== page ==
On Time Machine Errors and Data Integrity...


Today I got my first serious error with Time Machine. An automated hourly backup was running when all of a sudden an alert panel popped up saying there was some error and Time Machine failed to backup. (Not very helpful.)

I immediately tried to run a manual backup, and the same error occurred. So I checked the system logs and found some nonsense like:

/System/Library/CoreServices/backupd[457]: Error: (-50) Creating directory 
/System/Library/CoreServices/backupd[457]: Failed to make snapshot.
/System/Library/CoreServices/backupd[457]: Backup failed with error: 2

So I opened up Disk Utility, and I thought I would try running a Verify Disk/Repair Disk and maybe a Repair Permissions just in case.

Well, Repair Disk was unable to run because it was unable to unmount the external disk. I decided to run Repair Permissions on the main (internal) disk. The progress meter said less than a minute to go. Ten minutes later, it said the same thing. So I decided to abort the process, which left some process still running which I then manually killed. So I decided to reboot.

After boot up, I was still unable to mount the disk. But I did run Verify Disk on the external disk, and this time I got information. (It didn’t need to unmount for Verify I presume.) It said “keys out of order”. Not knowing what this meant, I did a Google search and it did not sound good. I decided I would reboot one more time, this time with the external disk off, and then try to power it up, hoping I would get unmount control back. But before that, I ran Repair Permissions on the main disk one more time and it took some time again and I got impatient so I aborted it. I didn’t have to kill any run-away processes this time.

After the next boot, I powered on my external disk, and I was successfully able to run “Repair Disk”. However after it finished, Repair Disk didn’t mention anything about “keys out of order” or it needed to fix anything. It seemed as if nothing was wrong.

I then Repaired Permissions on the main disk and waited it out this time. Twenty minutes later (still saying less than a minute), it finished. So I rebooted one more time with the external disk on to see what would happen. 

After the boot, everything seemed to be back to normal, except that Spotlight began completely reindexing the external disk. But I could freely mount/unmount the external disk. I started a backup, and no critical alert appeared. However, the backup seemed to be taking much longer than normal.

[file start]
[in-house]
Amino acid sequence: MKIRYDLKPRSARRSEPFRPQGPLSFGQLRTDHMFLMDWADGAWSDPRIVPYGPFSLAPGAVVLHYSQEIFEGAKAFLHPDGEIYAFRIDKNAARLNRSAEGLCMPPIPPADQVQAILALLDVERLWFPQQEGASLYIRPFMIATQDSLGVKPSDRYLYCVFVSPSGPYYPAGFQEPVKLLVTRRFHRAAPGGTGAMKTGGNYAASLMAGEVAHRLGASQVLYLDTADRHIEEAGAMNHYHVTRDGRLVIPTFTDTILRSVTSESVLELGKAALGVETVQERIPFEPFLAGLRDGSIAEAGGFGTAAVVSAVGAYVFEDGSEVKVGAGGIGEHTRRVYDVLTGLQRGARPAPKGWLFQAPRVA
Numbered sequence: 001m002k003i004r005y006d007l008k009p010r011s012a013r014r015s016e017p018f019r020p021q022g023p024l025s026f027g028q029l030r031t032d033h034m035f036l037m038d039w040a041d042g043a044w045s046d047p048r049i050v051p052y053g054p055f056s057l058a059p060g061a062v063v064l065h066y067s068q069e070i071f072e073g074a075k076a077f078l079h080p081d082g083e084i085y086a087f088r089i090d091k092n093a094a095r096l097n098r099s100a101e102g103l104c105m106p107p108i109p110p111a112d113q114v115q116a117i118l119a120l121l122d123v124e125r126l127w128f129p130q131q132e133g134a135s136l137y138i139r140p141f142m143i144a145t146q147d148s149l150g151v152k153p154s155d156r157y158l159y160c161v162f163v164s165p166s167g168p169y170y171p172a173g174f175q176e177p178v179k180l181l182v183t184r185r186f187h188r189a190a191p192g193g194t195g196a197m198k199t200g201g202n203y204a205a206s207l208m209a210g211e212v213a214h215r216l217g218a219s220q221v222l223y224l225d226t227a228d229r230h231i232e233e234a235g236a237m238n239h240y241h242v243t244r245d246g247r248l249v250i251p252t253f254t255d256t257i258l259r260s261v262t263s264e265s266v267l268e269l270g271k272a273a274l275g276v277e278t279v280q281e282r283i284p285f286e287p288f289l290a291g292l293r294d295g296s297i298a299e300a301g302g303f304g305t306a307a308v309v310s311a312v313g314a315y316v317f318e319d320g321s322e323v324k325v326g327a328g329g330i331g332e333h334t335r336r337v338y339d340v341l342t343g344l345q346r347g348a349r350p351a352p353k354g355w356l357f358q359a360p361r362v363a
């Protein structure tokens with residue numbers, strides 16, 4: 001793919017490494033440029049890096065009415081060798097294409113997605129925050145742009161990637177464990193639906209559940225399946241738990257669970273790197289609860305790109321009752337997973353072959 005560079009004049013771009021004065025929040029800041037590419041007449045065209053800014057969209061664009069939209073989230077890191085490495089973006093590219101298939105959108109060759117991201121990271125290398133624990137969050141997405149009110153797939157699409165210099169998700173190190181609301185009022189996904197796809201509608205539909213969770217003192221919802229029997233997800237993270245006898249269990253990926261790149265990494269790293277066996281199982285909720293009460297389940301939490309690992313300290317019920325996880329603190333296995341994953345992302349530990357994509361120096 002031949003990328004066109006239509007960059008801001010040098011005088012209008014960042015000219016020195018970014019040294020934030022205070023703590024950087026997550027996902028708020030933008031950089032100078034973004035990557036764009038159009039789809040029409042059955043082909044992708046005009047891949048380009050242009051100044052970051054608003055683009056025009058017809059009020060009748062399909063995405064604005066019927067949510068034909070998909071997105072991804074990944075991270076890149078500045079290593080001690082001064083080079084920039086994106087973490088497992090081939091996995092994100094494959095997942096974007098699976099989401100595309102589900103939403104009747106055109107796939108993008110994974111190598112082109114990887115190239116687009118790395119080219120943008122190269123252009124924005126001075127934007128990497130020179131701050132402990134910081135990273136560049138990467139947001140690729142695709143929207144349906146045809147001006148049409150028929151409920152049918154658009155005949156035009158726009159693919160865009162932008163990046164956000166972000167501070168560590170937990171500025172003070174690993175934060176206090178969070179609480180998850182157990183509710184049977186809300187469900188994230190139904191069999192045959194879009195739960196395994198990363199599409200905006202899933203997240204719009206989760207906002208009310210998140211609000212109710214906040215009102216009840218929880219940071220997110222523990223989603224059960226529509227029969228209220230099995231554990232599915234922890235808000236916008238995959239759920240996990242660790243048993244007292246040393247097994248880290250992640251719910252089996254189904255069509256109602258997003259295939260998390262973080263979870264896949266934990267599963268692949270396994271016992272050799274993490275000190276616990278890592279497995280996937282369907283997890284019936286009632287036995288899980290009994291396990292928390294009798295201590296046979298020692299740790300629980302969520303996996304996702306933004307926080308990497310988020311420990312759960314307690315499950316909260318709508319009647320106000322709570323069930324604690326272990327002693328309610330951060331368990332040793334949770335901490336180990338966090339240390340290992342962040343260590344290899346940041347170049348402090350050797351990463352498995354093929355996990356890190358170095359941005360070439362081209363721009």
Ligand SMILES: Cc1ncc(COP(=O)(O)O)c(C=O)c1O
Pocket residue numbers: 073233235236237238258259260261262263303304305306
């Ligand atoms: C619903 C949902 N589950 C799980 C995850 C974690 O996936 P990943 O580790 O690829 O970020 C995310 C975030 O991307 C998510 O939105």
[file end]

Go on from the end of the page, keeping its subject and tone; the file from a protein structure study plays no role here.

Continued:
Checking the system logs, I found:
/System/Library/CoreServices/backupd[173]: Event store UUIDs don't match for volume Macintosh HD
Node requires deep traversal:/ reason:kFSEDBEventFlagMustScanSubDirs|kFSEDBEventFlagReasonEventDBUntrustable|

So this leads me to wonder, does Time Machine do integrity checks?

In this case where things have been marked “Untrustable”, what does Time Machine really do about it? Does it actually do some kind of data integrity check? Can I actually feel secure that my data is correct, or do I need to assume everything is suspect and format and start over losing all my snapshots? And assuming Apple does check things, when does it happen? How is it determined things are “untrustable”?

It would be good if Apple put out a Technical Q&A documenting specifically how Time Machine works so we can judge how safe our data really is, especially after a problem like this.

It seems to me that Time Machine should automatically do periodic integrity checks on all backed up data (maybe once a week or once a month) and there should be a way to manually launch an integrity check. Having backups of corrupt data is as problematic as having no backups at all in my opinion.

Any how, allowing Time Machine to finish running, and then keeping the machine on to allow for more automated backups to run, have allowed more errors to appear in the system logs. Things such as:

Error: (-36) copying /mach_kernel.ctfsys

kernel[0]: disk1s5: I/O error.
mds[1189]: (Error) IndexCI in ContentIndexFlushCache:Caught mach exception. Fun Fun Fun.

mds[1189]:(Error) IndexGeneral in bool si_writeBackAndIndex(__SI*, __ContentIndex*, const __CFDictionary*, const __CFDictionary*, db_obj**, const __CFString*, int, bool, bool, bool, __SIUserCtx*, const __CFString*, int32_t, bool):ContentIndexUpdateContent failed

mds[1189]: (Error) IndexGeneral in void setAttributes(si_set_attr_ctx*, Boolean, long unsigned int):Couldn't update index.

mds[1189]: (Error) IndexGeneral in notify_lowspace:low space for device 234881030
mds[1189]: (Error) Volume: LOW DISK SPACE device:234881030
mds[1189]: (Warning) Task: MDSStoreTask failed to resolve storeID (6b000020)

For those that are curious, the disk was only 30% full at the start of this day and had plenty of disk space left. Even now, the disk doesn’t look full. (Maybe half.)

It looks like I will be formatting shortly.

(Apple Bug Filed: 5606623)

Update: 2008/01/11
I spoke with a DTS engineer after Cocoaheads, and he confirmed that Time Machine does not do any integrity checks.

Copyright © PlayControl Software, LLC / Eric Wing